Compact strings in Java 9

Original author: Mahmoud Anouti
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Hello again! We opened the next set in the now ninth group , the Java Developer group (and the tenth group in the plans, suddenly, is on December 31) and prepared interesting materials and an open lesson for you .

So let's go.

Want to reduce the amount of memory used by your Java application? See how you can improve performance with the compact strings available in Java 9.

One of the performance improvements introduced in the JVM (Oracle HotSpot, to be precise), as part of Java SE 9, turned out to be compact strings. Their task is to reduce the size of String objects, which allows to reduce the total amount (footprint) of memory consumed by the application. As a result, this can reduce the amount of time spent collecting garbage.

The function is based on the observation that many String objects do not need 2 bytes to encode each character, since most applications use only Latin-1 characters. Therefore, instead of this:

/** это значение используется для хранения символа */
private final char value[];

As java.lang.Stringnow there is:

private final byte[] value;
 * идентификатор кодировки используется для кодирования байтов в 
 * {@code value}. В этой имплементации поддерживаются следующие значения: 
 * UTF16
 * @implNote Виртуальная машина доверяет этому полю. Оно подлежит постоянному
 * “сворачиванию”, если инстанс String - константа. Перезапись этого 
 * поля после конструирования может вызвать проблемы. 
private final byte coder;

In other words, this function replaces the value in the array char(where each element uses 2 bytes) with a byte array with an additional byte to determine the encoding (Latin-1 or UTF-16). This means that in most applications using only Latin-1 characters, only half the heap will be used. The user will not notice the differences, but the associated APIs, for example, StringBuilderwill automatically take advantage of this.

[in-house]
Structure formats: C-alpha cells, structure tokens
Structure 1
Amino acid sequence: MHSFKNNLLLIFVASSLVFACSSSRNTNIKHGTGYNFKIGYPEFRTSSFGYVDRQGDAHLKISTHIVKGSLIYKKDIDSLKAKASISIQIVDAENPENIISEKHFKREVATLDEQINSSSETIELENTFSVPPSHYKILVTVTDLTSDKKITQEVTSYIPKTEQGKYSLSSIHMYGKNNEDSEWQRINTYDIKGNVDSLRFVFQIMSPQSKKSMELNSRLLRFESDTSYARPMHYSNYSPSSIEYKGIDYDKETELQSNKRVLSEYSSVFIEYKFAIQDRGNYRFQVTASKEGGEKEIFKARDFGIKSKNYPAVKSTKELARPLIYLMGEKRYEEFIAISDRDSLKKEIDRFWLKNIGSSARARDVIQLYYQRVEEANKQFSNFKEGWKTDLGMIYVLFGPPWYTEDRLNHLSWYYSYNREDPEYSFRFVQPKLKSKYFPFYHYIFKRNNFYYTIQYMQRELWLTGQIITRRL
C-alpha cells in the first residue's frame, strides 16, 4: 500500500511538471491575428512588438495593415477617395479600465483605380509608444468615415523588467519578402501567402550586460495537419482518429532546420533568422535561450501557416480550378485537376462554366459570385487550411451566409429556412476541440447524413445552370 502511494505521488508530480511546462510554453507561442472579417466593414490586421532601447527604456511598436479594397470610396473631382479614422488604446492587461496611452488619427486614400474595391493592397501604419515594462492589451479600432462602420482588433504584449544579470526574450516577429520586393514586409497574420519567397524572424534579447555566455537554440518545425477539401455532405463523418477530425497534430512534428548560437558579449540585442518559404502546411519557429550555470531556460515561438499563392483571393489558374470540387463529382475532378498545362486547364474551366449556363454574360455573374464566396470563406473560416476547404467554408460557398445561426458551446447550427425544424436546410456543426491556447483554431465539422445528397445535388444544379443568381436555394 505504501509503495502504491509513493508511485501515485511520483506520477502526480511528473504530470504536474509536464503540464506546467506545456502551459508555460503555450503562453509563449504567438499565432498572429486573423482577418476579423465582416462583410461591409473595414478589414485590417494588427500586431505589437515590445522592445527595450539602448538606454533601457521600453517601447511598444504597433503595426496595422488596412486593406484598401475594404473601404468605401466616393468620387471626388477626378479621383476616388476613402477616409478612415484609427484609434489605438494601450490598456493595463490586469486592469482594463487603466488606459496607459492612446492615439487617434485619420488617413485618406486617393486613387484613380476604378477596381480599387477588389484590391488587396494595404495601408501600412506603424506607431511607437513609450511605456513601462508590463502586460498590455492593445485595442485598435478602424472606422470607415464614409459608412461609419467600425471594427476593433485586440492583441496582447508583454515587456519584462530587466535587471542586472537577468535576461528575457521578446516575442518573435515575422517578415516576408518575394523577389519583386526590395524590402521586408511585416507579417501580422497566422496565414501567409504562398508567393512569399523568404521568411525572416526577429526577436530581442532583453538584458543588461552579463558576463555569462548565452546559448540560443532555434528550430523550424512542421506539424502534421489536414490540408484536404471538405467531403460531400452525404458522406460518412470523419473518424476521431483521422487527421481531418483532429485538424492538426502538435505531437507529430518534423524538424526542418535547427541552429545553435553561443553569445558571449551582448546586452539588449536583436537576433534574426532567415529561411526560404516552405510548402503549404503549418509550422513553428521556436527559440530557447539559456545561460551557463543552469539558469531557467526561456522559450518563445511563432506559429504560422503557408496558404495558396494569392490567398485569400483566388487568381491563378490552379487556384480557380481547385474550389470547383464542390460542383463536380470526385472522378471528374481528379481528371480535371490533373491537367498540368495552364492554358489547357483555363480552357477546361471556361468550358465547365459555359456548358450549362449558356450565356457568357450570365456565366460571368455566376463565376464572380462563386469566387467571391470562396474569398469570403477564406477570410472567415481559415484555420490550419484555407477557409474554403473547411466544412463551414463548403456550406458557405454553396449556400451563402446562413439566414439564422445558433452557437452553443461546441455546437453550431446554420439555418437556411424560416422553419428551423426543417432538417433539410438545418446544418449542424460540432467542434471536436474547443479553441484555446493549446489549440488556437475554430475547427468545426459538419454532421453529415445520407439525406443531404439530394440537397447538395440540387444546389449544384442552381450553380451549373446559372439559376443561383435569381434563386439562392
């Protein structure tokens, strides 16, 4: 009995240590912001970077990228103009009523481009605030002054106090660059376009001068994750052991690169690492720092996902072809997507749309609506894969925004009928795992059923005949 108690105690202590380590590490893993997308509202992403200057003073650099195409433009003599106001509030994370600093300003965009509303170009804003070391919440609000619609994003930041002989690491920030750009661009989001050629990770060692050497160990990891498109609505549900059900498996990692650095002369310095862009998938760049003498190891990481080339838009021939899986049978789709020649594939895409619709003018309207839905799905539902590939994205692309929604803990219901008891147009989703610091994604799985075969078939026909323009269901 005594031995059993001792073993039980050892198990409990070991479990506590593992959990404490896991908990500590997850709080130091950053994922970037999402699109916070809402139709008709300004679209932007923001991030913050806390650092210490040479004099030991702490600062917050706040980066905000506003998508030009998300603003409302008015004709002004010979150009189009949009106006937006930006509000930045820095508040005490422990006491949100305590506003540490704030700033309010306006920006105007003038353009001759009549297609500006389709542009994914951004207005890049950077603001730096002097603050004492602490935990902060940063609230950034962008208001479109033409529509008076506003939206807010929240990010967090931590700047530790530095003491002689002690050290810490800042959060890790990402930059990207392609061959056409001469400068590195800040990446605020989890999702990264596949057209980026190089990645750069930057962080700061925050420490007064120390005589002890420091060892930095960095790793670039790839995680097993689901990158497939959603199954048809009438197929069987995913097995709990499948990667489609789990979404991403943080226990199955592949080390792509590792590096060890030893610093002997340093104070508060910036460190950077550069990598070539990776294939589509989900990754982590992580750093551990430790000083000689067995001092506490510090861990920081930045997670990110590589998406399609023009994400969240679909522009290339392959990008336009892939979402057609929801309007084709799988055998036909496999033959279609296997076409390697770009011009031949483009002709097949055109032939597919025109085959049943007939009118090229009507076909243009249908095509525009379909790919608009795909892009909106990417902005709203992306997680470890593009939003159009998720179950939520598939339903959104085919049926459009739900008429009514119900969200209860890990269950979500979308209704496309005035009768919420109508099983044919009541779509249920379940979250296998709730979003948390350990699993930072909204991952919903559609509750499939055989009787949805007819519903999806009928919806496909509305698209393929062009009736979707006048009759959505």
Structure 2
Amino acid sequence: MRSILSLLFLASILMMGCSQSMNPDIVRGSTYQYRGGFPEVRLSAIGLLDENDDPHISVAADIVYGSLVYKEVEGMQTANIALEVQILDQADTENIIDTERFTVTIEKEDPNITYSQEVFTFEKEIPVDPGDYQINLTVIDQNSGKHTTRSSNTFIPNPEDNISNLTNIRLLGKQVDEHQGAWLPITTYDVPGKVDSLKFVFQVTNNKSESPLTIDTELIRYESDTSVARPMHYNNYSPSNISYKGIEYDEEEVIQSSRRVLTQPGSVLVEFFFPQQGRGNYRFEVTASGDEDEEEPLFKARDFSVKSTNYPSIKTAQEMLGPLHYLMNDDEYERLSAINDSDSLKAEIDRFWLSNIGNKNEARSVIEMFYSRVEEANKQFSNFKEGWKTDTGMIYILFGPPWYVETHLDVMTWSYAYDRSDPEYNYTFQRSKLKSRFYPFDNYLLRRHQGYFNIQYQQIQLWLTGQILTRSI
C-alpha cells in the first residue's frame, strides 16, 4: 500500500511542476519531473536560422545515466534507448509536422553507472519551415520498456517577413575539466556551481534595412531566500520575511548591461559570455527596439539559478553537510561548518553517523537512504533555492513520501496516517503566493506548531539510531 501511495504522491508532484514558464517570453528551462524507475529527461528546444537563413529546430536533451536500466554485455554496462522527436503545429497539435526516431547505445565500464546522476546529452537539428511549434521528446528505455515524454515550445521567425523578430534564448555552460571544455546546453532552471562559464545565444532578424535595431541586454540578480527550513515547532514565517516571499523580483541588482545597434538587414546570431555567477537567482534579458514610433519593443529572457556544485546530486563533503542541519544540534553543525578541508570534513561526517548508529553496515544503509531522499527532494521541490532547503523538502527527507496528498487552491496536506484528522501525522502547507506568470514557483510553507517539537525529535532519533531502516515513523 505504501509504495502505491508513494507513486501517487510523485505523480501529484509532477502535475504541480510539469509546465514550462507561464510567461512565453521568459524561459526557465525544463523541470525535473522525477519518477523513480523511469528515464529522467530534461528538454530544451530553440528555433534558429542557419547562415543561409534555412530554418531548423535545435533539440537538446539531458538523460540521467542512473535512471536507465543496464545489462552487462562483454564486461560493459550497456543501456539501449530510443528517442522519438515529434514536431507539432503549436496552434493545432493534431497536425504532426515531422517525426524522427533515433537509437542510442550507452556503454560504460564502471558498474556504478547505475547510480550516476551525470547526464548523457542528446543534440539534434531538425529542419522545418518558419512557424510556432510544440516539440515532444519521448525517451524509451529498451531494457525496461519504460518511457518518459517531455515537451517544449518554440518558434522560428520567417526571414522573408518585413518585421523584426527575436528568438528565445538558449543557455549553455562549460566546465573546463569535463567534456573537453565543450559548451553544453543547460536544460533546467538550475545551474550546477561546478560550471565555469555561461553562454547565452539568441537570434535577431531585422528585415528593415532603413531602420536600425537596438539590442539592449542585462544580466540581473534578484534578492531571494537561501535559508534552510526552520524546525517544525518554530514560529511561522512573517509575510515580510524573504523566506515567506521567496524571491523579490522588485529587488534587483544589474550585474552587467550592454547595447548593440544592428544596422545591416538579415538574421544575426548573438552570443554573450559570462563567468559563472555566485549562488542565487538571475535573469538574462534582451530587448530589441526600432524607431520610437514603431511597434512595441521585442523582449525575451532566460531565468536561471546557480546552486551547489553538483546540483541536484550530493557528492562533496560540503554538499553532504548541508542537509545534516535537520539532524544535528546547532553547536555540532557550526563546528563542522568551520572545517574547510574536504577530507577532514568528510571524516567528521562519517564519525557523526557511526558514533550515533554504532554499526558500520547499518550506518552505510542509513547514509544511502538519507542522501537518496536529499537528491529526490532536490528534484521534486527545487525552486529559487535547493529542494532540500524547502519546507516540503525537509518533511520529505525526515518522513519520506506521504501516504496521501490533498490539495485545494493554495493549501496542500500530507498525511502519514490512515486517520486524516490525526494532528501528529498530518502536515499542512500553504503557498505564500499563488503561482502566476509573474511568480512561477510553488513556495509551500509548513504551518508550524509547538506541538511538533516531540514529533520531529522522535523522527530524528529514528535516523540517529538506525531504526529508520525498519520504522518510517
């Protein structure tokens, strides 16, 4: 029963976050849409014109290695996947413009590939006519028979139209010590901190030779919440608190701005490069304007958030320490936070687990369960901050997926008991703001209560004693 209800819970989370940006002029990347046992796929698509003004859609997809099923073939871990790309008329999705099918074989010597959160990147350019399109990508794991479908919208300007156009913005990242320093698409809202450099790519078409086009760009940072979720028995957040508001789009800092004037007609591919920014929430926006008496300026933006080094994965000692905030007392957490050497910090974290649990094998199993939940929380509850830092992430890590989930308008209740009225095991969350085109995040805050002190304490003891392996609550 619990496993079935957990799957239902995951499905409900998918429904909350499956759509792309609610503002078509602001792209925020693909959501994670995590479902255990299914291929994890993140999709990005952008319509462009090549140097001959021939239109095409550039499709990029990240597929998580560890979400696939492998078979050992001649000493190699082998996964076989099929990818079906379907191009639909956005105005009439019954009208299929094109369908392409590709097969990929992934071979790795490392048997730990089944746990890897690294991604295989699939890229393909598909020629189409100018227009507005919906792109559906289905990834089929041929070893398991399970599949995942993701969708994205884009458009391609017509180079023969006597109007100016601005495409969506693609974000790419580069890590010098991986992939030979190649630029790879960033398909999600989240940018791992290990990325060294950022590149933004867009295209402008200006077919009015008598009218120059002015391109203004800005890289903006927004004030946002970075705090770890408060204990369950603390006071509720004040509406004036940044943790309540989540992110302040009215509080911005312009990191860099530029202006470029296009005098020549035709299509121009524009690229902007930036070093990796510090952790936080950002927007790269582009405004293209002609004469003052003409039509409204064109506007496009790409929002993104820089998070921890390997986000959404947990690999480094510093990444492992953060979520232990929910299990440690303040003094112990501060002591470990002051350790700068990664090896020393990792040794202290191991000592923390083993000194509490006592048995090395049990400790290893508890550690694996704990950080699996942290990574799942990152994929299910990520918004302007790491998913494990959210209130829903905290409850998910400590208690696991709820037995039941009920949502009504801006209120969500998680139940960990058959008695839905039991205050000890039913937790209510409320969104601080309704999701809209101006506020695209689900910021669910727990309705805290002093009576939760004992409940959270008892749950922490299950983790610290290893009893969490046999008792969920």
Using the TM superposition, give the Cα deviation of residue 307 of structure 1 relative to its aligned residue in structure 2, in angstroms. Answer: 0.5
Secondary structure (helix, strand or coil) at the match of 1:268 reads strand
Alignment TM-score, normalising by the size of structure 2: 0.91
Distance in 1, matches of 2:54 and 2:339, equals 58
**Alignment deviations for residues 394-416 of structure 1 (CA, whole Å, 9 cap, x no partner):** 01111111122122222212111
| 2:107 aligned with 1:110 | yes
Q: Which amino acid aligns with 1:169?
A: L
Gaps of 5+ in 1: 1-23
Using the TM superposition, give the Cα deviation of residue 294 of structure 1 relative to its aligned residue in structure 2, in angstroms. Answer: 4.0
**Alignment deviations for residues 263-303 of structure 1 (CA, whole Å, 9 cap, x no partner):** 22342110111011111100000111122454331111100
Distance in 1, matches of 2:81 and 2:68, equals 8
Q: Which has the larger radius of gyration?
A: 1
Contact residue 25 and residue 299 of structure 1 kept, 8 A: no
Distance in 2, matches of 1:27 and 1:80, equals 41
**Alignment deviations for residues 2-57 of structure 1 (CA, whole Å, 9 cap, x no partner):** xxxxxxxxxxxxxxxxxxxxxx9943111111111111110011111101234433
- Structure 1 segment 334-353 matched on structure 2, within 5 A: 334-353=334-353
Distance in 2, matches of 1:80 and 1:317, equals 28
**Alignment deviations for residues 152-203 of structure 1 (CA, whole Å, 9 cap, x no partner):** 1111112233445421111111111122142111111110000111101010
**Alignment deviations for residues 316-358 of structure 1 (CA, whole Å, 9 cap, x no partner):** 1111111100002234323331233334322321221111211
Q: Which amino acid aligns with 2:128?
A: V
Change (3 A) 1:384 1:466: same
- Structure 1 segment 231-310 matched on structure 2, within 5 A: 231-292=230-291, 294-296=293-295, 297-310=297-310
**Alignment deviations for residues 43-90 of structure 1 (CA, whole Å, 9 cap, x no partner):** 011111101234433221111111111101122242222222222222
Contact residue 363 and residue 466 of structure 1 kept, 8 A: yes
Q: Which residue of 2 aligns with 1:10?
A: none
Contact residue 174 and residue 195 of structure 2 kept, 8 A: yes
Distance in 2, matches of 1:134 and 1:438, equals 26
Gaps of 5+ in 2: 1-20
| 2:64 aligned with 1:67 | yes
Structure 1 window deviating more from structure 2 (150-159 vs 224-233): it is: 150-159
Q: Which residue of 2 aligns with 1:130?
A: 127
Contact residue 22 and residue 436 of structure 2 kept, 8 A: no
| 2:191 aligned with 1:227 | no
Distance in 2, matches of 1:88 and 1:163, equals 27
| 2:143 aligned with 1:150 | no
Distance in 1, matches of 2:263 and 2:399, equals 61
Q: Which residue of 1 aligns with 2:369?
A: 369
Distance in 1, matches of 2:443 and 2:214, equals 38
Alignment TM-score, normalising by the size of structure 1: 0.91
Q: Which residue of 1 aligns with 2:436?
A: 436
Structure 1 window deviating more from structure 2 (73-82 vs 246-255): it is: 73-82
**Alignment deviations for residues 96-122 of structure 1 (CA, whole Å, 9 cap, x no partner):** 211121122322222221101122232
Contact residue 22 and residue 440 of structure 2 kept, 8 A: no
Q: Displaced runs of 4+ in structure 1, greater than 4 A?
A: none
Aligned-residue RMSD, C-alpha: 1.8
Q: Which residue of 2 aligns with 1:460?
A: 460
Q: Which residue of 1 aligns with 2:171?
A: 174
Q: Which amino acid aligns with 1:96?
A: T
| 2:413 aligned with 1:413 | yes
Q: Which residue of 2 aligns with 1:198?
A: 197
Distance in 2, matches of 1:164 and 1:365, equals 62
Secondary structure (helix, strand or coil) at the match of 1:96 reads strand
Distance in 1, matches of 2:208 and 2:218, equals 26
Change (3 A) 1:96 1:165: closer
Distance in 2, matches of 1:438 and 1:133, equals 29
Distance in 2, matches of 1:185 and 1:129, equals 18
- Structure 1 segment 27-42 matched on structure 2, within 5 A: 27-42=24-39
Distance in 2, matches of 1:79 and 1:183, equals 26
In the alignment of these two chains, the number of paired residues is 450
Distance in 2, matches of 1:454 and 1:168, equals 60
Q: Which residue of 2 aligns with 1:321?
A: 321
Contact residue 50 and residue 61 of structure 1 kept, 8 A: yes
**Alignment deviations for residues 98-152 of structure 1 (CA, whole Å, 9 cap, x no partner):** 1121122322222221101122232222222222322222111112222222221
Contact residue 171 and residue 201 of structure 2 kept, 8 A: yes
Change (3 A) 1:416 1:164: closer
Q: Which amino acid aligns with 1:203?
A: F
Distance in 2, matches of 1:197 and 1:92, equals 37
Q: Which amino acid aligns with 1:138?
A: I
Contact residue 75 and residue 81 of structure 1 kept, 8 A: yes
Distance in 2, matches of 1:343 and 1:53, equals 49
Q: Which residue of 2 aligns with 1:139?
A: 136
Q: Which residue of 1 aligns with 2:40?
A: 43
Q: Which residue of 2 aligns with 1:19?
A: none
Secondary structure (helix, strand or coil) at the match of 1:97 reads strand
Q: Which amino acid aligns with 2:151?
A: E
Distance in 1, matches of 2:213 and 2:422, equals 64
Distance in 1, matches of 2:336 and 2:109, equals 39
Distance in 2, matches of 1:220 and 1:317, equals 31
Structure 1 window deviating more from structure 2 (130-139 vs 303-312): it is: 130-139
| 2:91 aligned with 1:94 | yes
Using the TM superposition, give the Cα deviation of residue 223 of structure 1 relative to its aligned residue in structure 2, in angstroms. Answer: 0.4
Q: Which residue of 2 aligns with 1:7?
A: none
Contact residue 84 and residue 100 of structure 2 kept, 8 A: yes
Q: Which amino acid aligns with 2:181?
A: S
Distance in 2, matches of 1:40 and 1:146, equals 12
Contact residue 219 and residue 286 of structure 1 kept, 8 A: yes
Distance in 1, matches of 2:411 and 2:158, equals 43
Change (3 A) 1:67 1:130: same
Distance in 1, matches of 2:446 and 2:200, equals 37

To show this change in terms of the size of the String object, I will use Java Object Layout, a simple utility for visualizing the structure of the object on the heap. From this point of view, we are interested in the footprint of the array (stored in the value variable above), and not just a reference (a byte array reference, like a character array reference, uses 4 bytes). The code below displays information using JOLGraphLayout:

public class JOLSample {
    public static void main(String[] args) {

Running the code above in Java 8 and then in Java 9 shows the difference:

$java -version
java version "1.8.0_121"
Java(TM) SE Runtime Environment (build 1.8.0_121-b13)
Java HotSpot(TM) 64-Bit Server VM (build 25.121-b13, mixed mode)
$java -cp lib\jol-cli-0.9-full.jar;. test.JOLSample
java.lang.String@4554617cd footprint:
     COUNT       AVG       SUM   DESCRIPTION
         1       432       432   [C
         1        24        24   java.lang.String
         2                 456   (total)
$java -version
java version "9"
Java(TM) SE Runtime Environment (build 9+181)
Java HotSpot(TM) 64-Bit Server VM (build 9+181, mixed mode)
$java -cp lib\jol-cli-0.9-full.jar;. test.JOLSample
java.lang.String@73035e27d footprint:
     COUNT       AVG       SUM   DESCRIPTION
         1       224       224   [B
         1        24        24   java.lang.String
         2                 248   (total)

Ignoring the 24-byte size of the internal components of java.lang.String (header plus links), we see that, due to its compactness, the size has almost halved.
If we replace the line above with another one using UTF-16 characters, for example \ u0780, and then restart the code above, then both Java 8 and Java 9 will show the same footprint, since compactness will no longer be used.

This function can be disabled by passing a parameter to the -XX:-CompactStringscommand java.

As always, we are waiting for your comments and questions here, as well as invite you to an open lesson .

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